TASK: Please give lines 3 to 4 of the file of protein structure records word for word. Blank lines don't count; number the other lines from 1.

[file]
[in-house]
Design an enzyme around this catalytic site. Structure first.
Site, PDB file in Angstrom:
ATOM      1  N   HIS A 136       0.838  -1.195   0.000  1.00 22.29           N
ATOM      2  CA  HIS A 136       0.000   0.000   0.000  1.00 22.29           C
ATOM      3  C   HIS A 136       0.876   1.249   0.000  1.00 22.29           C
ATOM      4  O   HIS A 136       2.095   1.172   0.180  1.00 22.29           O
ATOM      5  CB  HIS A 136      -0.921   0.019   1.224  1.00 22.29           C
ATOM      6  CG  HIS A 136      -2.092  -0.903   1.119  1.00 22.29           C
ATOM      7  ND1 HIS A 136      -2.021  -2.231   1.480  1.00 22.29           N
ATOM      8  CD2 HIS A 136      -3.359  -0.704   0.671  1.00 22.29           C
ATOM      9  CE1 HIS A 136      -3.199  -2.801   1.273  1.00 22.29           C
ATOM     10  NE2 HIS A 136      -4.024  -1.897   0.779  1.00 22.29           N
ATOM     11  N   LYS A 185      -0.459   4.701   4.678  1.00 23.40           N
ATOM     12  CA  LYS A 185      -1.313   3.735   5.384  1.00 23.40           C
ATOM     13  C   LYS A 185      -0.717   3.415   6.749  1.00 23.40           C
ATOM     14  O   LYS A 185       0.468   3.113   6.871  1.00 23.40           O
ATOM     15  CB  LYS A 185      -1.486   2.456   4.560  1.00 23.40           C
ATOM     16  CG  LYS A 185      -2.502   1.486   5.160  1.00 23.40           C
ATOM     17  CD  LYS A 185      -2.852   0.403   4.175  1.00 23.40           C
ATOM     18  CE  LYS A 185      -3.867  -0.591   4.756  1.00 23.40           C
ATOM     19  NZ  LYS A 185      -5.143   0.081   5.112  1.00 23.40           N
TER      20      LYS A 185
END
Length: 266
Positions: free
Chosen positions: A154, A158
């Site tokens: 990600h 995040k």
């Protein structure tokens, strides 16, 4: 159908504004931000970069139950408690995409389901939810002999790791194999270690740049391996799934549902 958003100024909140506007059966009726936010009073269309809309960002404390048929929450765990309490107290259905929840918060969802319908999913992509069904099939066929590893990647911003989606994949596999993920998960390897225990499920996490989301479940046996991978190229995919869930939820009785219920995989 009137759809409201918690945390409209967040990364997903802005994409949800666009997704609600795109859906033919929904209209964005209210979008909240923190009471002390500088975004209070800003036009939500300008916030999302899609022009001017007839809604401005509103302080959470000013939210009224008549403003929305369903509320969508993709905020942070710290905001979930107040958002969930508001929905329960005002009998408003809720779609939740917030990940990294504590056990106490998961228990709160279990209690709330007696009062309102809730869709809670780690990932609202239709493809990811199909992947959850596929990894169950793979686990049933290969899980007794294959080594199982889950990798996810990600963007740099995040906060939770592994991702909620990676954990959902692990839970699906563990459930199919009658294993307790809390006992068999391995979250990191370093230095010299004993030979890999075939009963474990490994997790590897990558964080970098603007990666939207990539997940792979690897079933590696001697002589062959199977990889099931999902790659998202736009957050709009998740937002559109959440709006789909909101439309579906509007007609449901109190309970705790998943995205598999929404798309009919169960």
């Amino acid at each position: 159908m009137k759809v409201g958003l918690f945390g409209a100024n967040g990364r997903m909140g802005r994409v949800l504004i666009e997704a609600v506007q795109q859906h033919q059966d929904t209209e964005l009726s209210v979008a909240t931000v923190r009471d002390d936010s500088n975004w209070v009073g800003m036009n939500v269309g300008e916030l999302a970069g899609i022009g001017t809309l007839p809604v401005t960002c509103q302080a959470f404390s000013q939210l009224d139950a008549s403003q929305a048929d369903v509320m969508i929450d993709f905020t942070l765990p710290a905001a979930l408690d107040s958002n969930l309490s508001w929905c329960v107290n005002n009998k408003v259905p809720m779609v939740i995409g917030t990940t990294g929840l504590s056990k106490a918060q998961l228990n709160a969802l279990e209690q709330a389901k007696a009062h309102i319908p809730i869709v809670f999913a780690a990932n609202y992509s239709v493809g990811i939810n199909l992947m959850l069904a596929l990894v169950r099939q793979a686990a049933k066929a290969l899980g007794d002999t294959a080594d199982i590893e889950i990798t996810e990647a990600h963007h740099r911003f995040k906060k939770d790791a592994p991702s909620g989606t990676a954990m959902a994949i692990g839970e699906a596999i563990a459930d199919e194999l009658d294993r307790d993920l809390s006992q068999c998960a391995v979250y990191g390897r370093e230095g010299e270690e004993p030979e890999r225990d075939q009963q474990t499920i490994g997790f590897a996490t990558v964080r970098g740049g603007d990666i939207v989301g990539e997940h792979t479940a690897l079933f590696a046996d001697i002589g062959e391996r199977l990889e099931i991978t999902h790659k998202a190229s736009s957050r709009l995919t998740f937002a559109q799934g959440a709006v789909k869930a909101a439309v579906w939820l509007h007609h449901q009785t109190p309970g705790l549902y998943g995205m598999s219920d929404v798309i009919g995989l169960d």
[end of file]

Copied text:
Site, PDB file in Angstrom:
ATOM      1  N   HIS A 136       0.838  -1.195   0.000  1.00 22.29           N